1d
comment Representation of operator in “$a$-representation”
As I have already told you about thrice with three different proofs, no "angle" that would make your equation valid exists. Classically, you may write $a=\exp(i\phi)X$ for a complex number and a real number. But quantum mechanically, $X$ and $a$ becomes operators, and the uncertainty principle-related problems near $a=0$ prevent one from making $\phi$ a well-behaved operator.
1d
comment Representation of operator in “$a$-representation”
You are missing that $a$ is $(x+ip)/\sqrt{2}$. Classically, it becomes the "whole complex number" parameterizing the phase space, so unlike $P$, it is in no way a rotated $X$.
1d
comment Representation of operator in “$a$-representation”
@user41208 - what is $\phi$? It is easy to see that there is no well-behaved operator $\phi$ for which your $X=\exp(-i\phi)a$ holds. For example, the right hand side annihilates the ground state, a normalizable vector, because $a|0\rangle=0$. On the other hand, the left hand side annihilates no normalizable nonzero vector. Only the $\delta(x)$ wave function is annihilated by $X$, and this vector isn't normalizable (it has infinite norm).
1d
comment Representation of operator in “$a$-representation”
An overcomplete set of vectors is one such that each vector in the set may be written as a linear combination of the remaining ones. So there is a "greater number" of vectors in the set than what is needed for a basis.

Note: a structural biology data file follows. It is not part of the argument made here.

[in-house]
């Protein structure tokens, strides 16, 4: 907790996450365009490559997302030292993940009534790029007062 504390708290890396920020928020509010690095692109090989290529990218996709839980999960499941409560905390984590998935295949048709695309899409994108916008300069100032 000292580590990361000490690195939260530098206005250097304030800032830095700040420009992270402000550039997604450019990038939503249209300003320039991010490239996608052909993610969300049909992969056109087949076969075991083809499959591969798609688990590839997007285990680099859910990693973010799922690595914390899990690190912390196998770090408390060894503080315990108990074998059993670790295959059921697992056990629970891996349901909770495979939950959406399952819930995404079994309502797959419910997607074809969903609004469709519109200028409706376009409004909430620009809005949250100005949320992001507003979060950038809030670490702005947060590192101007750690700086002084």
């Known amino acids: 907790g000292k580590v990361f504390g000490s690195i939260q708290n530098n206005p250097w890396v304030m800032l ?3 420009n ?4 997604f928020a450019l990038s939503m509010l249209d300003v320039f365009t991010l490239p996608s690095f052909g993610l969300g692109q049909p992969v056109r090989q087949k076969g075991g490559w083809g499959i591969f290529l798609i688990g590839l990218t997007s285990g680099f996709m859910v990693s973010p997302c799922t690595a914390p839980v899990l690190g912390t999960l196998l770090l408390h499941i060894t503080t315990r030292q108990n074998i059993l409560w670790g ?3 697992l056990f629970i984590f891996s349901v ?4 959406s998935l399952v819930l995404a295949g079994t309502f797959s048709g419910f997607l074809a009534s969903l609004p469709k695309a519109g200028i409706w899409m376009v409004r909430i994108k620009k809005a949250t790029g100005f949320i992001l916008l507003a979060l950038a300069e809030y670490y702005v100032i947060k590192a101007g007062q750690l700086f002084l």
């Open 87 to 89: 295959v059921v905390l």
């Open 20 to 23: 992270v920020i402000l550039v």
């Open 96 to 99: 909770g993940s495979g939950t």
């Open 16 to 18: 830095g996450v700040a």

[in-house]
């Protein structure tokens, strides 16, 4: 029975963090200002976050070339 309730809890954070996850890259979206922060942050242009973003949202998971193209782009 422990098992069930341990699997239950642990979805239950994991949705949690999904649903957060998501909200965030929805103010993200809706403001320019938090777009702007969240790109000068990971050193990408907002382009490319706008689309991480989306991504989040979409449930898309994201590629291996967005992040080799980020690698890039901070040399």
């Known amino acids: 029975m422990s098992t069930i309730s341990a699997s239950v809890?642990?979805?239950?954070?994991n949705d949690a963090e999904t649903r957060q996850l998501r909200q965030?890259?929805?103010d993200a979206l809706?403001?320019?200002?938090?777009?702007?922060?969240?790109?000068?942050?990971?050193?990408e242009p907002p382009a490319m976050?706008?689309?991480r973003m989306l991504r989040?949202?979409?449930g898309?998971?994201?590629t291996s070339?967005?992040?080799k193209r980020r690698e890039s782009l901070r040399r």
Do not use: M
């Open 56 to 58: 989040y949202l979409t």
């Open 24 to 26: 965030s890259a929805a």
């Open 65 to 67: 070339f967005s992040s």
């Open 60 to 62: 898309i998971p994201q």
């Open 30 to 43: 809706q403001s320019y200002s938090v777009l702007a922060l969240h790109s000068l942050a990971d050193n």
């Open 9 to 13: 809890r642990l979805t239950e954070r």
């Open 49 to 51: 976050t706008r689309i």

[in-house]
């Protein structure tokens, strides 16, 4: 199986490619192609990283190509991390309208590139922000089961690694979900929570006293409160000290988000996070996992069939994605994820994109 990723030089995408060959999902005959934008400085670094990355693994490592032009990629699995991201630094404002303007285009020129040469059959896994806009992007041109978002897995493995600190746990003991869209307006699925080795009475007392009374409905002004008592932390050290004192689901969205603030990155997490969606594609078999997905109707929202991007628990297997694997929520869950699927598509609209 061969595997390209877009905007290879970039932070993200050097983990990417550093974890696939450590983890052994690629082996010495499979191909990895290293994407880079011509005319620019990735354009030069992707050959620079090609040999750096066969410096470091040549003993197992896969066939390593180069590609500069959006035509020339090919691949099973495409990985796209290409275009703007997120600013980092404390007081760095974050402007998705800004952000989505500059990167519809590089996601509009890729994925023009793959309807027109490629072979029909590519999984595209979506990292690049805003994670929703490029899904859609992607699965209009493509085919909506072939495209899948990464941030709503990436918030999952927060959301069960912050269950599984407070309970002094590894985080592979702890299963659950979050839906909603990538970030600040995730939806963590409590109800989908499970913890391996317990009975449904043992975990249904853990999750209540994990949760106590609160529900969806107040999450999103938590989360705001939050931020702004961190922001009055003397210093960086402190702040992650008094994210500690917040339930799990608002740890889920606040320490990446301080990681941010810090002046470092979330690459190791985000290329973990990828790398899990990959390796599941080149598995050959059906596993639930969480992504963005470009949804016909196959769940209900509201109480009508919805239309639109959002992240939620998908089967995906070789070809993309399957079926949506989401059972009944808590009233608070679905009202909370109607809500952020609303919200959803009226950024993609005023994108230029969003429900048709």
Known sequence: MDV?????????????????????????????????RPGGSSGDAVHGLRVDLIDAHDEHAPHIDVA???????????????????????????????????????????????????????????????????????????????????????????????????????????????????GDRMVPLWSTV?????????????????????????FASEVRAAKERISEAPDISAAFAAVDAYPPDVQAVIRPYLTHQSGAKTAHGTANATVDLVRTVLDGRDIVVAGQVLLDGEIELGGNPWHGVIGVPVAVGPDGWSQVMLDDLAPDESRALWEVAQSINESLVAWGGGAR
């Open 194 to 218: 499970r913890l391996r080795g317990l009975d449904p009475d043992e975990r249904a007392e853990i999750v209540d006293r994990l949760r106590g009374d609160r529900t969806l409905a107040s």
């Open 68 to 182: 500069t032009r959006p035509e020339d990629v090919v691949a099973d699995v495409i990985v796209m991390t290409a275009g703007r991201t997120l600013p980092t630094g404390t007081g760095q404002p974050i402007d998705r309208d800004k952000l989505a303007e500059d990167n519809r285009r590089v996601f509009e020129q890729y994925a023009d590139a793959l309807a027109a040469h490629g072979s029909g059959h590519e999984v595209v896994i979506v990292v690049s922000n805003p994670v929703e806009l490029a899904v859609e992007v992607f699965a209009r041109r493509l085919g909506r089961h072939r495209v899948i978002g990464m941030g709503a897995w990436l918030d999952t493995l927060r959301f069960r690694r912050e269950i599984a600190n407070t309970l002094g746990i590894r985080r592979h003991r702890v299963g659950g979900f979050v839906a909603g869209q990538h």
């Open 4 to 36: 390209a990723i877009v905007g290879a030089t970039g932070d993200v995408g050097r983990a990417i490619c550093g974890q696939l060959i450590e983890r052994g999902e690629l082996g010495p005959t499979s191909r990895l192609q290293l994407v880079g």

1d
answered Relativity asymmetry?
1d
comment Representation of operator in “$a$-representation”
$X$ is in no natural way a "rotation" of $a$: the former is Hermitian, the latter is not, and this property can't be changed by a rotation. Because $a$ is not Hermitian, the term $a$-representation is problematic. The set of $a$ eigenstates, the coherent states, isn't a basis: it is overcomplete. So there is no natural unique "matrix" representing an operator in this "representation".
Mar
25
awarded  Good Answer
Mar
24
awarded  Enlightened
Mar
24
awarded  Nice Answer
Mar
18
awarded  Good Answer
Mar
17
comment Do photons with a frequency of less than 1 Hz exist?
Sorry, the second half of the answer is silly. There is absolutely no problem in producing photons of less-than-one-hertz frequency. Just oscillate with a charge at a frequency less than one hertz and be sure that lots of electromagnetic waves are produced. The waves are composed of many photons - at such low frequencies, we actually produce a huge number of photons. What is hard is to "count" them or experimentally prove that the number is integer - it is not hard to produce them.
Mar
13
comment Why the CMB has not been dispersed so far?
Or alternatively, imagine that the box is as huge as the whole Universe and you're inside it - imagine somewhere near the center. The radiation gets diluted as the box grows but you're still inside it and the radiation is still coming from all directions.
Mar
11
answered Decomposition of group representation using tensor method